Pastry made by Tse. PHOTO: Chase Tse Ka-wai

Which do you like working with more, chocolate or fondant?

"I prefer chocolate. Fondant is like plastic, where you can cover up mistakes, but handling chocolate requires skill. It's hard at first, learning to temper it and make it smooth, whereas there is not much technique involved with fondant.

"Also when you make a big sculptural piece using fondant, you need wires and other supporting material, so you can't eat it, whereas with chocolate, if you calculate the weight properly, you can just use chocolate to make a sculpture, which makes it very pure and completely edible.

"Also, if it breaks or you make a mistake, you can still save your chocolate piece, but with fondant, when it's dry, that's it - you have to start over."

Pastry made by Tse. PHOTO: Chase Tse Ka-wai

Where else did you go?

"I spent five months at Pandora, and then the Mandarin Oriental [in Central] asked if I was interested in making displays for the Cake Shop. I joined right away because Christmas was fast approaching and they needed extra help to make things like Christmas pudding and gingerbread.

"When I was in high school, I wanted to work at the famous hotels like The Peninsula, Four Seasons, Mandarin Oriental. And then I had the opportunity to work at the Mandarin Oriental and forgot this was my dream. It was my dad or older sister who reminded me.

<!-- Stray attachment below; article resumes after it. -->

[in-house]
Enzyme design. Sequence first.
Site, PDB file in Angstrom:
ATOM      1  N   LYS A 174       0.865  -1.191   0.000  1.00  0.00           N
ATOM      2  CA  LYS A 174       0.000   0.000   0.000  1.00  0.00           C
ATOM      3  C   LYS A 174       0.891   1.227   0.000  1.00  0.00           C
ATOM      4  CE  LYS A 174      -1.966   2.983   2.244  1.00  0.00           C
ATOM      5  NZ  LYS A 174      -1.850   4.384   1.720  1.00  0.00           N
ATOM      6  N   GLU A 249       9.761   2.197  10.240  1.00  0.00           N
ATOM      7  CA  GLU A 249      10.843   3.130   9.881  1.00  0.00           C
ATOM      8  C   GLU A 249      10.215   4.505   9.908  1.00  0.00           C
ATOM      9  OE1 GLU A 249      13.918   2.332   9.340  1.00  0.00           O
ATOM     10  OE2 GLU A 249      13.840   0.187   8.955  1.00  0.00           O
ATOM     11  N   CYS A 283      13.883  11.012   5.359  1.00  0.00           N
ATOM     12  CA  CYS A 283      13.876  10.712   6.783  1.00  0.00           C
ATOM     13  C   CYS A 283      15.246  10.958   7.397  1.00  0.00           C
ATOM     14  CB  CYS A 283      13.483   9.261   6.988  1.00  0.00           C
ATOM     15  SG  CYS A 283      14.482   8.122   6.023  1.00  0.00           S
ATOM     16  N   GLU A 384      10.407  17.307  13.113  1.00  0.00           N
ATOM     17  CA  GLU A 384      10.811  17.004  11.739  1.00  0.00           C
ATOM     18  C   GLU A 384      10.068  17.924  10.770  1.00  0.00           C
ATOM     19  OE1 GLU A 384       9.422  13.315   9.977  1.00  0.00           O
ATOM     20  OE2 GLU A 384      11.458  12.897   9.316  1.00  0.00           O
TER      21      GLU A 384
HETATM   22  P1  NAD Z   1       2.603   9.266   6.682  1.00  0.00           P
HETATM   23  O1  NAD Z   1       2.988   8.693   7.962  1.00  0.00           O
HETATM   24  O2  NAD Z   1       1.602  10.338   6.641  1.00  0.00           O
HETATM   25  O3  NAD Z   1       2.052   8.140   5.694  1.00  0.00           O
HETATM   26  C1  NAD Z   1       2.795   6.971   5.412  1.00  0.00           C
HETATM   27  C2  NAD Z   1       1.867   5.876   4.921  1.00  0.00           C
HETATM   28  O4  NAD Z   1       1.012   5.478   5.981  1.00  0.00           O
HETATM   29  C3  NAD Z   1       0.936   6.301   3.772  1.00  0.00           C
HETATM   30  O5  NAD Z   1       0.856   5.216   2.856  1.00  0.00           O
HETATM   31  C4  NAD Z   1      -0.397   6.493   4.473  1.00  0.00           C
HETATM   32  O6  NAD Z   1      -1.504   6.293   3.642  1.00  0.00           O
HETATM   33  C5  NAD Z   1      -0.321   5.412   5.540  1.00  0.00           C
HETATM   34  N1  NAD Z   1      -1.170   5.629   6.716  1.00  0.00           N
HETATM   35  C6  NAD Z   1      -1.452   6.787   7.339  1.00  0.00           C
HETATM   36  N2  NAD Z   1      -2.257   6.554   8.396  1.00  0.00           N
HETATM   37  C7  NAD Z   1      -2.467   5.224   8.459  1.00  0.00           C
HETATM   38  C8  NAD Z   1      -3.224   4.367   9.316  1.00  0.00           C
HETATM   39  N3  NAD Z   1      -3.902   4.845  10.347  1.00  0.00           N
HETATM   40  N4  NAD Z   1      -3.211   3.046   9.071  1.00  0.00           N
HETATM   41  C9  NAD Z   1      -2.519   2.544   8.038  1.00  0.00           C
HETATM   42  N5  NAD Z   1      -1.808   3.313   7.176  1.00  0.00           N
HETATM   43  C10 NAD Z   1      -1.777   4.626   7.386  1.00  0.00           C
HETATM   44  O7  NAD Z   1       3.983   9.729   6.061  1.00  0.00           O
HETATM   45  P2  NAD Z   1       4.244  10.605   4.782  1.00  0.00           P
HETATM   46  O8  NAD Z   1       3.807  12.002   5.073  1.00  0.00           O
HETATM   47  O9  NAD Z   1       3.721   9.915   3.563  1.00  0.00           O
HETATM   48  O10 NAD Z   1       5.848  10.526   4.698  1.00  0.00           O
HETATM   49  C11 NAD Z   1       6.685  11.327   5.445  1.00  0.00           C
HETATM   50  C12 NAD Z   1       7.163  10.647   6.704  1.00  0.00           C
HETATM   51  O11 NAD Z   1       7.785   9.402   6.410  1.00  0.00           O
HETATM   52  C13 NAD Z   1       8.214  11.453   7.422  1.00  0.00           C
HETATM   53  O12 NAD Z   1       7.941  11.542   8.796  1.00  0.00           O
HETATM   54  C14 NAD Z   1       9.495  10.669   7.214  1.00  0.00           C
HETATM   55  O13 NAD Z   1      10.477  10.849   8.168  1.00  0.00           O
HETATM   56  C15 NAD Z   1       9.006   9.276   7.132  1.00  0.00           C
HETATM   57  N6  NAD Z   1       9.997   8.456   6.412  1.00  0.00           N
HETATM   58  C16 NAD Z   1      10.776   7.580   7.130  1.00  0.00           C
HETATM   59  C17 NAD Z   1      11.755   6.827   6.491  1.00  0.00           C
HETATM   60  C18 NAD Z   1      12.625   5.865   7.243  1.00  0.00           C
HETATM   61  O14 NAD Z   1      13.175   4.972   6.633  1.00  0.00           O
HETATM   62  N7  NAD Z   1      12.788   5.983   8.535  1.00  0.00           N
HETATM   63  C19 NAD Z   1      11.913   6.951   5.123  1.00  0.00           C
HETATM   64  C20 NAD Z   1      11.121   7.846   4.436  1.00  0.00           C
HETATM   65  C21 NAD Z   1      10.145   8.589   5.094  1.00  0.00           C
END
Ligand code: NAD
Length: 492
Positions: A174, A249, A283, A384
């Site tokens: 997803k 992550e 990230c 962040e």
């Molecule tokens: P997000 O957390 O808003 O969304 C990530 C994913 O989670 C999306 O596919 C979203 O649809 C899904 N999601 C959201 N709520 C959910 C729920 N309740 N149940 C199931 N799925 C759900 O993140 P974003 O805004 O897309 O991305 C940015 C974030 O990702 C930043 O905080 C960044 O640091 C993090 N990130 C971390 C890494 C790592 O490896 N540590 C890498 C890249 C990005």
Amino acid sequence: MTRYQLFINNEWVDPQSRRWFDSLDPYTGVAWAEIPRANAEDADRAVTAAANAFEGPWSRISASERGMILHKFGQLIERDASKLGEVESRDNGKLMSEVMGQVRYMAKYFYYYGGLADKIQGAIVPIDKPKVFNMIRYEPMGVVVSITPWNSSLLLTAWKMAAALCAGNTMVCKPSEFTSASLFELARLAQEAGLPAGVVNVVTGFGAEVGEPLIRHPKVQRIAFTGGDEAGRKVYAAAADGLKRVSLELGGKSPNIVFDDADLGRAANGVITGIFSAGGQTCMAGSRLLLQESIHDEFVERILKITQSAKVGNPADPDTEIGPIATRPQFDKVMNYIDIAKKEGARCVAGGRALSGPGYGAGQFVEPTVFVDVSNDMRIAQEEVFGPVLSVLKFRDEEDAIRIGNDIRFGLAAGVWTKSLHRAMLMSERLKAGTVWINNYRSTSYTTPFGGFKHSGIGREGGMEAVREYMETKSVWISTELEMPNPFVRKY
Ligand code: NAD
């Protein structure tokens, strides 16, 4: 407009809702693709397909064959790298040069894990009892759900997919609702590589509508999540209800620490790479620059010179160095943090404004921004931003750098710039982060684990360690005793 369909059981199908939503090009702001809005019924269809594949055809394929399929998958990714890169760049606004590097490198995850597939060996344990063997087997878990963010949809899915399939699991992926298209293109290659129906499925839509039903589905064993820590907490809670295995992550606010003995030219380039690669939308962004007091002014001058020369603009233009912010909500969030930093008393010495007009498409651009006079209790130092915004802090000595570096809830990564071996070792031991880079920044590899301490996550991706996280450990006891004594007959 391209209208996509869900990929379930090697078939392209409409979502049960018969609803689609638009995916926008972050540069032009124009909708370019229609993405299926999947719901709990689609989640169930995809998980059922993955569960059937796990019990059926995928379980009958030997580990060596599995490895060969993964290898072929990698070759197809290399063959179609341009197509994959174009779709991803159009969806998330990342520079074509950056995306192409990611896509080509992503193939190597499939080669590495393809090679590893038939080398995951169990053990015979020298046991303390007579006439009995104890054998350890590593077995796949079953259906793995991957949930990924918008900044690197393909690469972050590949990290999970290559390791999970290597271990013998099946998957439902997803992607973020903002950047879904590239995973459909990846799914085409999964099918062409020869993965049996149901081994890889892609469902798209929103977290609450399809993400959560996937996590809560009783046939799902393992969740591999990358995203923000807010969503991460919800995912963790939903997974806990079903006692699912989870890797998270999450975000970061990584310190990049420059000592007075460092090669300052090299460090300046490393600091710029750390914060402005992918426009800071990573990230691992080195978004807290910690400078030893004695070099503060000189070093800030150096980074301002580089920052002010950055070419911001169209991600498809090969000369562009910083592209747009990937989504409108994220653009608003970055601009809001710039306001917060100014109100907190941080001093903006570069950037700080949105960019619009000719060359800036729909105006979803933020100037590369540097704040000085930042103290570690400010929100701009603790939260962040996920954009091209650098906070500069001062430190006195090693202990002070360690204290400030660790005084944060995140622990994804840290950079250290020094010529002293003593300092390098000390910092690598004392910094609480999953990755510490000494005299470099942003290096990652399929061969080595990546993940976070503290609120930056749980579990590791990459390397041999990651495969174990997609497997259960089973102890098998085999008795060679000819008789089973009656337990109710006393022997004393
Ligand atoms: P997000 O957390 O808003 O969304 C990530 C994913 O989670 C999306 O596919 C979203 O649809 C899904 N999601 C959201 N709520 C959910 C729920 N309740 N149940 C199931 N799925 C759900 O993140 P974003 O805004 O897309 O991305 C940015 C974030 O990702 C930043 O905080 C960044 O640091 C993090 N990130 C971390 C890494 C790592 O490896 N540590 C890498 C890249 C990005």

"I had to come up with designs and then make sculptures for the Mandarin Cake Shop display and change them periodically. I could use whatever materials I needed.

"When I showed executive pastry chef Christophe Sapy what I was working on, he gave me some feedback, saying mostly, 'Wow! Good!' But when it came to edible desserts for the buffet then he gave more comments."

Pastry made by Tse. PHOTO: Chase Tse Ka-wai

What do you do now?

"When I was 24 years old, chef Andy [Yeung] moved to the Sheraton Hong Kong Hotel and Towers [in Tsim Sha Tsui] and asked me to join him. Here, my title is sous chef, so I need to do some paperwork, make sure we have enough supplies, discuss what we are going to do for events. I have more responsibilities and can't just work on my own things.

"When the latest afternoon tea menu is confirmed, I teach my colleagues how to make it. Even though I'm young, I don't think about my colleagues being older than me, I just teach them how to make the desserts and if they have questions, they can ask me."

Pastry made by Tse. PHOTO: Chase Tse Ka-wai

What ingredients do you like to work with?

"I like tea flavours because they can taste rich or light. It's not like citrus, which can overpower the dessert taste. Oolong goes well with fruits, and in general tea flavours are good with chocolate or fruits, and few people say they don't like tea flavour. I prefer oolong or jasmine, as they have clean flavours and when you taste them they are easily identifiable."

What are your goals?

"I want to compete in the World Chocolate Masters [a competition for professional chocolatiers]. This year Tsz Chung-lung, a pastry chef from Hong Kong, won the China selection. He will go to France to compete in the finals and I will assist him.

"The Hong Kong Chefs Association is supportive, as long as your company allows you to participate. You need a space to practice and the materials because it involves a lot of time and effort to practice. The competition is next summer. I hope to compete one day, but I'm a sore loser."

This article was first published in South China Morning Post.